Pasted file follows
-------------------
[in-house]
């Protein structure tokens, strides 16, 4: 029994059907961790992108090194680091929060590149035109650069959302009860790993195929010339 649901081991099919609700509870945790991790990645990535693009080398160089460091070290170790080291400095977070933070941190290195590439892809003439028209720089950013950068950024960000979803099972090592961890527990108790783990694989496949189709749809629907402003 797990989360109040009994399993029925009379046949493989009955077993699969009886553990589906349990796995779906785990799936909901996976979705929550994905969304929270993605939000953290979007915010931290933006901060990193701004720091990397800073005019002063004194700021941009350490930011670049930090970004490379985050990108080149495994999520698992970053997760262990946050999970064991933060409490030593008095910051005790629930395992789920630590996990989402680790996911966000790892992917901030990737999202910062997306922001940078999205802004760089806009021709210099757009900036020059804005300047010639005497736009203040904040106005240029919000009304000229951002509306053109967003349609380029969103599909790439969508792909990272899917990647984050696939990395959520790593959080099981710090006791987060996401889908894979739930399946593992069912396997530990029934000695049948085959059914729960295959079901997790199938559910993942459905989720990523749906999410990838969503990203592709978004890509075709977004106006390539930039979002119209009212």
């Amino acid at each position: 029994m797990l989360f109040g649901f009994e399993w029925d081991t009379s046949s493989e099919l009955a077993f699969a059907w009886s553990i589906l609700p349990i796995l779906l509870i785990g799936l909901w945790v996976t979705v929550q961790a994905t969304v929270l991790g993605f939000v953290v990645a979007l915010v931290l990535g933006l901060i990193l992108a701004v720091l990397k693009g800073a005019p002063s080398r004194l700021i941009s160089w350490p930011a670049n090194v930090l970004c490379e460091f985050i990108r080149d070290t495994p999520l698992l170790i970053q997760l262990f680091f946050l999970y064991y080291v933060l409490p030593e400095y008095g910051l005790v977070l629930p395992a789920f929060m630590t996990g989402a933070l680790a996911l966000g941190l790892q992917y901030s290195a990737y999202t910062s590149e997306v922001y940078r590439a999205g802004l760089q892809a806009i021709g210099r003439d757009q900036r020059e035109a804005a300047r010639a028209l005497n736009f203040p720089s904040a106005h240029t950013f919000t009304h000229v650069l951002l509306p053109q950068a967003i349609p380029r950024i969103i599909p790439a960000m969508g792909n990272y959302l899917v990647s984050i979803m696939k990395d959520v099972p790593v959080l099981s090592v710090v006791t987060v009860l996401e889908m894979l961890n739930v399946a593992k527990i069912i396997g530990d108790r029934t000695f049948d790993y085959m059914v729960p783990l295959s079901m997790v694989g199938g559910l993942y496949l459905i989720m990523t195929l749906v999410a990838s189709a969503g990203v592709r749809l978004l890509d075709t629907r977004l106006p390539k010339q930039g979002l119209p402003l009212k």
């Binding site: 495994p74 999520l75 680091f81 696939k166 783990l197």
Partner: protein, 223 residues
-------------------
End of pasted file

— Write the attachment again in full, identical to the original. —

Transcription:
[in-house]
């Protein structure tokens, strides 16, 4: 029994059907961790992108090194680091929060590149035109650069959302009860790993195929010339 649901081991099919609700509870945790991790990645990535693009080398160089460091070290170790080291400095977070933070941190290195590439892809003439028209720089950013950068950024960000979803099972090592961890527990108790783990694989496949189709749809629907402003 797990989360109040009994399993029925009379046949493989009955077993699969009886553990589906349990796995779906785990799936909901996976979705929550994905969304929270993605939000953290979007915010931290933006901060990193701004720091990397800073005019002063004194700021941009350490930011670049930090970004490379985050990108080149495994999520698992970053997760262990946050999970064991933060409490030593008095910051005790629930395992789920630590996990989402680790996911966000790892992917901030990737999202910062997306922001940078999205802004760089806009021709210099757009900036020059804005300047010639005497736009203040904040106005240029919000009304000229951002509306053109967003349609380029969103599909790439969508792909990272899917990647984050696939990395959520790593959080099981710090006791987060996401889908894979739930399946593992069912396997530990029934000695049948085959059914729960295959079901997790199938559910993942459905989720990523749906999410990838969503990203592709978004890509075709977004106006390539930039979002119209009212």
């Amino acid at each position: 029994m797990l989360f109040g649901f009994e399993w029925d081991t009379s046949s493989e099919l009955a077993f699969a059907w009886s553990i589906l609700p349990i796995l779906l509870i785990g799936l909901w945790v996976t979705v929550q961790a994905t969304v929270l991790g993605f939000v953290v990645a979007l915010v931290l990535g933006l901060i990193l992108a701004v720091l990397k693009g800073a005019p002063s080398r004194l700021i941009s160089w350490p930011a670049n090194v930090l970004c490379e460091f985050i990108r080149d070290t495994p999520l698992l170790i970053q997760l262990f680091f946050l999970y064991y080291v933060l409490p030593e400095y008095g910051l005790v977070l629930p395992a789920f929060m630590t996990g989402a933070l680790a996911l966000g941190l790892q992917y901030s290195a990737y999202t910062s590149e997306v922001y940078r590439a999205g802004l760089q892809a806009i021709g210099r003439d757009q900036r020059e035109a804005a300047r010639a028209l005497n736009f203040p720089s904040a106005h240029t950013f919000t009304h000229v650069l951002l509306p053109q950068a967003i349609p380029r950024i969103i599909p790439a960000m969508g792909n990272y959302l899917v990647s984050i979803m696939k990395d959520v099972p790593v959080l099981s090592v710090v006791t987060v009860l996401e889908m894979l961890n739930v399946a593992k527990i069912i396997g530990d108790r029934t000695f049948d790993y085959m059914v729960p783990l295959s079901m997790v694989g199938g559910l993942y496949l459905i989720m990523t195929l749906v999410a990838s189709a969503g990203v592709r749809l978004l890509d075709t629907r977004l106006p390539k010339q930039g979002l119209p402003l009212k």
């Binding site: 495994p74 999520l75 680091f81 696939k166 783990l197």
Partner: protein, 223 residues